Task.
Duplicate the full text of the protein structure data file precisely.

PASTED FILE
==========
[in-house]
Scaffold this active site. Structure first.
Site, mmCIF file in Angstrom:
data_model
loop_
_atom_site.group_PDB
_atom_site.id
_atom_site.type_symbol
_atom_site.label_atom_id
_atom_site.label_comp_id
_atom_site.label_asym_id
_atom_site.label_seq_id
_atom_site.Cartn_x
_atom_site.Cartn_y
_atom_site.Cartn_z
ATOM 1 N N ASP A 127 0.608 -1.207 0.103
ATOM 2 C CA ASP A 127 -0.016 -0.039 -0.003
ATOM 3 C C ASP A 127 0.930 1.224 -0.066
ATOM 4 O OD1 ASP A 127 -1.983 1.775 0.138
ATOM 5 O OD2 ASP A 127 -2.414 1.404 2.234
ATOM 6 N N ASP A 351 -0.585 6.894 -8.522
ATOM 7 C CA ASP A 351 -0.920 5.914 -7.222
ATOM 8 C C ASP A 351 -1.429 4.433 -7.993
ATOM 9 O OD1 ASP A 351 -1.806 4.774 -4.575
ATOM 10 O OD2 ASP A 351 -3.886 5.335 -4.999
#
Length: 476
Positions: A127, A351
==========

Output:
[in-house]
Scaffold this active site. Structure first.
Site, mmCIF file in Angstrom:
data_model
loop_
_atom_site.group_PDB
_atom_site.id
_atom_site.type_symbol
_atom_site.label_atom_id
_atom_site.label_comp_id
_atom_site.label_asym_id
_atom_site.label_seq_id
_atom_site.Cartn_x
_atom_site.Cartn_y
_atom_site.Cartn_z
ATOM 1 N N ASP A 127 0.608 -1.207 0.103
ATOM 2 C CA ASP A 127 -0.016 -0.039 -0.003
ATOM 3 C C ASP A 127 0.930 1.224 -0.066
ATOM 4 O OD1 ASP A 127 -1.983 1.775 0.138
ATOM 5 O OD2 ASP A 127 -2.414 1.404 2.234
ATOM 6 N N ASP A 351 -0.585 6.894 -8.522
ATOM 7 C CA ASP A 351 -0.920 5.914 -7.222
ATOM 8 C C ASP A 351 -1.429 4.433 -7.993
ATOM 9 O OD1 ASP A 351 -1.806 4.774 -4.575
ATOM 10 O OD2 ASP A 351 -3.886 5.335 -4.999
#
Length: 476
Positions: A127, A351